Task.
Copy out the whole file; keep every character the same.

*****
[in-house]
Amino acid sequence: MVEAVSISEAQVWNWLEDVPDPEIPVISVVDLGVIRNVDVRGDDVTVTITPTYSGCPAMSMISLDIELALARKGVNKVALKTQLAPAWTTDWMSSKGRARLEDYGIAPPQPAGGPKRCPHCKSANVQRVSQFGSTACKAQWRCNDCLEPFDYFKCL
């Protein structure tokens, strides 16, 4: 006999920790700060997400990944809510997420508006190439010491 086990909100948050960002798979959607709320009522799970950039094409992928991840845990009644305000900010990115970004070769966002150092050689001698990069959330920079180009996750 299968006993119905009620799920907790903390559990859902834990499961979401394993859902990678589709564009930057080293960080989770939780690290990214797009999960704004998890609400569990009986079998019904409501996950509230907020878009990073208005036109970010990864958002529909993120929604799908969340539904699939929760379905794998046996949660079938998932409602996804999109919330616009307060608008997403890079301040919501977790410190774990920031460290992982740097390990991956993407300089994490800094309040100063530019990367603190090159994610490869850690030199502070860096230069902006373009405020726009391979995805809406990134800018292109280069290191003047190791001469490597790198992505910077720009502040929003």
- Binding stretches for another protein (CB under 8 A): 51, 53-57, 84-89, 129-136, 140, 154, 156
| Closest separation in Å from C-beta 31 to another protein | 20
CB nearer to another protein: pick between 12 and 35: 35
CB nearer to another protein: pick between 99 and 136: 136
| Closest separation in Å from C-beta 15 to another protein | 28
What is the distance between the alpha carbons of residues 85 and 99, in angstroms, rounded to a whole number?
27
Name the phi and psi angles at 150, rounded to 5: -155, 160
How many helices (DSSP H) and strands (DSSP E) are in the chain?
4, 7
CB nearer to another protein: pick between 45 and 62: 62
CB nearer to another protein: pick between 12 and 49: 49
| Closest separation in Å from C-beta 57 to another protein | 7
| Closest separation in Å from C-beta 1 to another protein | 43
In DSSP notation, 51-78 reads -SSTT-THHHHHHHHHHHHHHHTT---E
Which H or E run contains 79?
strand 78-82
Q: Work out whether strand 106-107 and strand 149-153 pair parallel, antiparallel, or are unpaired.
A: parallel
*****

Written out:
[in-house]
Amino acid sequence: MVEAVSISEAQVWNWLEDVPDPEIPVISVVDLGVIRNVDVRGDDVTVTITPTYSGCPAMSMISLDIELALARKGVNKVALKTQLAPAWTTDWMSSKGRARLEDYGIAPPQPAGGPKRCPHCKSANVQRVSQFGSTACKAQWRCNDCLEPFDYFKCL
């Protein structure tokens, strides 16, 4: 006999920790700060997400990944809510997420508006190439010491 086990909100948050960002798979959607709320009522799970950039094409992928991840845990009644305000900010990115970004070769966002150092050689001698990069959330920079180009996750 299968006993119905009620799920907790903390559990859902834990499961979401394993859902990678589709564009930057080293960080989770939780690290990214797009999960704004998890609400569990009986079998019904409501996950509230907020878009990073208005036109970010990864958002529909993120929604799908969340539904699939929760379905794998046996949660079938998932409602996804999109919330616009307060608008997403890079301040919501977790410190774990920031460290992982740097390990991956993407300089994490800094309040100063530019990367603190090159994610490869850690030199502070860096230069902006373009405020726009391979995805809406990134800018292109280069290191003047190791001469490597790198992505910077720009502040929003």
- Binding stretches for another protein (CB under 8 A): 51, 53-57, 84-89, 129-136, 140, 154, 156
| Closest separation in Å from C-beta 31 to another protein | 20
CB nearer to another protein: pick between 12 and 35: 35
CB nearer to another protein: pick between 99 and 136: 136
| Closest separation in Å from C-beta 15 to another protein | 28
What is the distance between the alpha carbons of residues 85 and 99, in angstroms, rounded to a whole number?
27
Name the phi and psi angles at 150, rounded to 5: -155, 160
How many helices (DSSP H) and strands (DSSP E) are in the chain?
4, 7
CB nearer to another protein: pick between 45 and 62: 62
CB nearer to another protein: pick between 12 and 49: 49
| Closest separation in Å from C-beta 57 to another protein | 7
| Closest separation in Å from C-beta 1 to another protein | 43
In DSSP notation, 51-78 reads -SSTT-THHHHHHHHHHHHHHHTT---E
Which H or E run contains 79?
strand 78-82
Q: Work out whether strand 106-107 and strand 149-153 pair parallel, antiparallel, or are unpaired.
A: parallel